By Jason Bailey
The two pension bills introduced last night in the hastily-called special session (House Bill 1 and House Bill 2) include many of the benefit cuts that target future and current teachers and employees included in Senate Bill 151, the sewage bill. The bills do not include an actuarial analysis as required by law. But given the similarity to SB 151, they are expected to have an immaterial impact on the system’s fiscal health.
Major provisions of the proposals include:
Deeper cuts to teacher benefits
Like SB 151, HB 1 moves newly-hired teachers into a less-secure hybrid cash balance plan and ends the inviolable contract for those teachers (protecting only what they accumulate in their cash balance accounts). The bill caps sick leave current teachers can use to calculate retirement benefits to what they have accumulated by the end of 2018 – or 12 days from now. And in a new twist, HB 2 ends the higher 3 percent benefit factor used to calculate pension benefits for each year a teacher remains in the classroom beyond 30 years. That benefit will count only for years before July 1, 2024. That cut was not in SB 151. The existing higher benefit factor doesn’t just cost the system money — it also saves dollars (and improves expertise in classrooms across the commonwealth) by incentivizing teachers to teach for a longer period of time.
Costs shifted to school boards
HB 1 shifts about a third of the cost of the hybrid cash balance plan from the state to local school boards, as was included in SB 151. That will continue the trend of the state shedding responsibility for funding schools.
No conflict of interest provision that was included previously
Although HB 1 reenacts most of SB 151, it noticeably leaves out strengthened conflict of interest provisions included in the original bill. SB 151 prohibited legislators, state officials, pension board members and employees from having a financial interest in pension system business for five years following employment or service.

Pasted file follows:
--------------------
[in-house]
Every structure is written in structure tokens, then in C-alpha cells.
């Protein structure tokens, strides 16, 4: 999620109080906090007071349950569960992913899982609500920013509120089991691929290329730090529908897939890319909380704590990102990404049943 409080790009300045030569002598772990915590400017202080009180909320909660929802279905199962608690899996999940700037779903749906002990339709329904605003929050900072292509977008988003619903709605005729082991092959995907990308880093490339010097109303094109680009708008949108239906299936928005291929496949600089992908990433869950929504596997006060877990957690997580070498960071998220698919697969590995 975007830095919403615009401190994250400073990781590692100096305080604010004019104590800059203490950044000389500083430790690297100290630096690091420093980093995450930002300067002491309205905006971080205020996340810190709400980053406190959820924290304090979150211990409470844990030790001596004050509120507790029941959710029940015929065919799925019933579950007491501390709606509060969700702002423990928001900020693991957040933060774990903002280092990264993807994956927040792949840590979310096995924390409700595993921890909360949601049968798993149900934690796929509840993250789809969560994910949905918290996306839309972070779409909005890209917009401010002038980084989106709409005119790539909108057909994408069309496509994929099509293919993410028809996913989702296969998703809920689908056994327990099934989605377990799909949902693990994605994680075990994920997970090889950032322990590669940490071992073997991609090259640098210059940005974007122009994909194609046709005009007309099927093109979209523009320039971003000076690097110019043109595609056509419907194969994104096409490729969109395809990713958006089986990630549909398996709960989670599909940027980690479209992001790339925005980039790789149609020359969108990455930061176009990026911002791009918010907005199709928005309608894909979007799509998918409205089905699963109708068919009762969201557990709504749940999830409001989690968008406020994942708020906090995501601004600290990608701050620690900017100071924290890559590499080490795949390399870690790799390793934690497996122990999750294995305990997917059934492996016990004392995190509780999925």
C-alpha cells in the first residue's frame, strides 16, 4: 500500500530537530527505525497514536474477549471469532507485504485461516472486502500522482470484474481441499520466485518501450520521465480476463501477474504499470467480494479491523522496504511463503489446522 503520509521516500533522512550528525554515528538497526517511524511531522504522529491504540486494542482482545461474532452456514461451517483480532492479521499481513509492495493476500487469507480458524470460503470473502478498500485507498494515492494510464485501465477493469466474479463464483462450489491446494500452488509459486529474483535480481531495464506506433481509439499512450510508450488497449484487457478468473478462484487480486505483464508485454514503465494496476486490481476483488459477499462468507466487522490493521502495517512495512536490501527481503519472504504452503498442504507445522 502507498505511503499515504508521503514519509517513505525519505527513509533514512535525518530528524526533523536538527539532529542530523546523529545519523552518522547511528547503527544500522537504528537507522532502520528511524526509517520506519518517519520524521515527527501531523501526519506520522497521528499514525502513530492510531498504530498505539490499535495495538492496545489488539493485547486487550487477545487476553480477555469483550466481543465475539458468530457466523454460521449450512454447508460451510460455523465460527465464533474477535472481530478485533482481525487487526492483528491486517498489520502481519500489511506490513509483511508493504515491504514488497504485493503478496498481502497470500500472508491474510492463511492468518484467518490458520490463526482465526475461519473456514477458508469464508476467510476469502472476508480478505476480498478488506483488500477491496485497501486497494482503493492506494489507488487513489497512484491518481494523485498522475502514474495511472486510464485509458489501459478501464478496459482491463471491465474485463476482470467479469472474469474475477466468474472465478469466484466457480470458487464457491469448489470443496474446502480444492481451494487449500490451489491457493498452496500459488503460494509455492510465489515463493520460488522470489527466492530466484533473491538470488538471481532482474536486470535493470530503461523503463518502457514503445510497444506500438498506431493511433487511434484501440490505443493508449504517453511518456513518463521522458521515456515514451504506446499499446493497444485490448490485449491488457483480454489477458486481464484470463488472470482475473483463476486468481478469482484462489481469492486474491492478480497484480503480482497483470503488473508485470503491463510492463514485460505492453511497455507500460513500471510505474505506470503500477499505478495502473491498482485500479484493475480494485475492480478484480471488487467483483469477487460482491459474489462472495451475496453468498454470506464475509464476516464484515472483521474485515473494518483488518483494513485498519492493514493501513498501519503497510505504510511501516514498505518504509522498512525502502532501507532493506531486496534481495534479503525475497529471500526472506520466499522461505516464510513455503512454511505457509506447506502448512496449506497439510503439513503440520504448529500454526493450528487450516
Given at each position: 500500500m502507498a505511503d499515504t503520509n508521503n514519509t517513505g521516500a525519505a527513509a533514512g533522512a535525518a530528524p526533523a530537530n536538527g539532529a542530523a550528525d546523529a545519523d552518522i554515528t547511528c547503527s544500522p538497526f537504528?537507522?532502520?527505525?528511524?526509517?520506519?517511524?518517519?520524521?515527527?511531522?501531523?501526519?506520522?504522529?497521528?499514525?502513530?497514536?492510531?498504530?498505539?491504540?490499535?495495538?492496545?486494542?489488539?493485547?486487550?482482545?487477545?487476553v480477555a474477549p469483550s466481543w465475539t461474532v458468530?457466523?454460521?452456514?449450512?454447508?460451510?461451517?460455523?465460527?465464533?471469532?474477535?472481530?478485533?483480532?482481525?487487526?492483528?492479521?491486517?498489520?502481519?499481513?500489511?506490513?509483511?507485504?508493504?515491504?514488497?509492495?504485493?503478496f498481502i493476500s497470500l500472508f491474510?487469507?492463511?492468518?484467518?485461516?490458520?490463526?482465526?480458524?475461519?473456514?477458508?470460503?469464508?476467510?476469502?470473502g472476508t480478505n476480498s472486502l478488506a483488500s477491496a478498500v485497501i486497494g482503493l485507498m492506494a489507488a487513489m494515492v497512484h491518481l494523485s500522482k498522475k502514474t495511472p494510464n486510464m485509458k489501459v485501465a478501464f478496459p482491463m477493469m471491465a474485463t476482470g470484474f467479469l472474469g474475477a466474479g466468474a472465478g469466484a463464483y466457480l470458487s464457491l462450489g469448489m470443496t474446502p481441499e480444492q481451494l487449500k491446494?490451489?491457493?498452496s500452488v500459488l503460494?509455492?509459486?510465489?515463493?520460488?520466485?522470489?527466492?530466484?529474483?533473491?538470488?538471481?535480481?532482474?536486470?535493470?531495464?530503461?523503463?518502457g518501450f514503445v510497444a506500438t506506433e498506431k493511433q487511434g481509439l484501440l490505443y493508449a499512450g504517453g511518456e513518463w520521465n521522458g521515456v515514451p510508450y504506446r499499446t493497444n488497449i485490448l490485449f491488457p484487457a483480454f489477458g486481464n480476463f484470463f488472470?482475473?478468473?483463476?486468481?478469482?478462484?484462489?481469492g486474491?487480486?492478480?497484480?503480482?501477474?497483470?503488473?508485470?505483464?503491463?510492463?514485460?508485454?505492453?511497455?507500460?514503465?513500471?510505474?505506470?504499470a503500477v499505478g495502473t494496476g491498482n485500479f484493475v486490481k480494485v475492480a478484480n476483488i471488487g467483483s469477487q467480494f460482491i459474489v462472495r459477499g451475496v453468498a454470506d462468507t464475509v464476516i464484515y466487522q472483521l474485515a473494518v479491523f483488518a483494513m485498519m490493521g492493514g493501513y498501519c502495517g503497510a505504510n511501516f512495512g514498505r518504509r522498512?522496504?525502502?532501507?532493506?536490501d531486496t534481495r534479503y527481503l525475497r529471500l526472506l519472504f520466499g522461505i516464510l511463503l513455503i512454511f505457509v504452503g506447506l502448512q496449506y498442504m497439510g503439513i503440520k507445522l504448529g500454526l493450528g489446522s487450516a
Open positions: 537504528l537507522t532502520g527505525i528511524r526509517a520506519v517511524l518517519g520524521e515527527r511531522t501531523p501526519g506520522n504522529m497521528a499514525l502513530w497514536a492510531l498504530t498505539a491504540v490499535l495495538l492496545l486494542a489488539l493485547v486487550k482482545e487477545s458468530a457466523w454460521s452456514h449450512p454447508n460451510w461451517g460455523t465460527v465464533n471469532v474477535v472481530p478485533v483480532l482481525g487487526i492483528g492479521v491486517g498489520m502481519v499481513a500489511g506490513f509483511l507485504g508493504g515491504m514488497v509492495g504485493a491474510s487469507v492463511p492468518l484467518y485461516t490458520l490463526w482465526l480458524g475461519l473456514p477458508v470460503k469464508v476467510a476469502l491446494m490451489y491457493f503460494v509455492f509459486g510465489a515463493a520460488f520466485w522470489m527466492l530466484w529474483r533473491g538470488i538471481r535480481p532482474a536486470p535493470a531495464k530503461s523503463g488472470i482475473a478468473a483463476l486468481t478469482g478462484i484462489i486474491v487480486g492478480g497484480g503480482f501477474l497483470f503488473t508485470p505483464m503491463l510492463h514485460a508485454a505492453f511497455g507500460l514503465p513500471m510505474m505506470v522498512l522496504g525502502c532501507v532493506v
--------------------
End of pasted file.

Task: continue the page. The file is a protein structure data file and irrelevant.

Same cut to state and local employees
Like SB 151, HB 1 shifts further risk to employees in the cash balance plan established for state and local workers just five years ago. It shifts from guaranteeing workers a 4 percent rate of return in their investments to a 0 percent rate of return. They receive 85 percent of investment returns above that amount rather than 75 percent, but the net result is a benefit cut.
Phase-in for local governments included, even though it is already law
In addition to ending the 3 percent benefit factor, HB 2 also reenacts a measure capping the increases in pension contributions from local governments to 12 percent a year. But that cap is already law, as it was part of House Bill 362 that passed in the 2018 regular session. Some concerns have been raised that HB 362 may be unconstitutional because it was passed in the same manner as SB 151, but the cap and phase-in can easily pass as a stand-alone bill during the regular session given broad support in the General Assembly for avoiding the unnecessary rate increases local governments face. It doesn’t have to be attached to a special session bill to cut teacher benefits.
Some unnecessarily harmful measures taken out
A few unnecessary, harmful changes in SB 151 were taken out of the new proposal. HB 1 doesn’t require Kentucky Retirement System employees hired between 2003 and 2008 to contribute 1 percent more of pay to retiree healthcare, since those systems are already very well funded. The bill doesn’t unnecessarily burden the budget in the short term through “level-dollar” funding of the teachers’ plan. And HB 1 doesn’t include a 401a defined contribution option that would divert needed payments from the existing KRS defined benefit plans.
Funding schedule adjusted
HB 1 leaves out a dollar-based contribution schedule to the KRS plans that was in SB 151 and it doesn’t reset the 30-year amortization period for either KRS or TRS. Resetting eases pressure on the current budget and can be a sensible part of a long-term funding plan, and a dollar-based allocation is likely needed for the KERS non-hazardous plan to remove an incentive that now exists to reduce contributions by outsourcing employment.
Jason Bailey is executive director of the Kentucky Center for Economic Policy.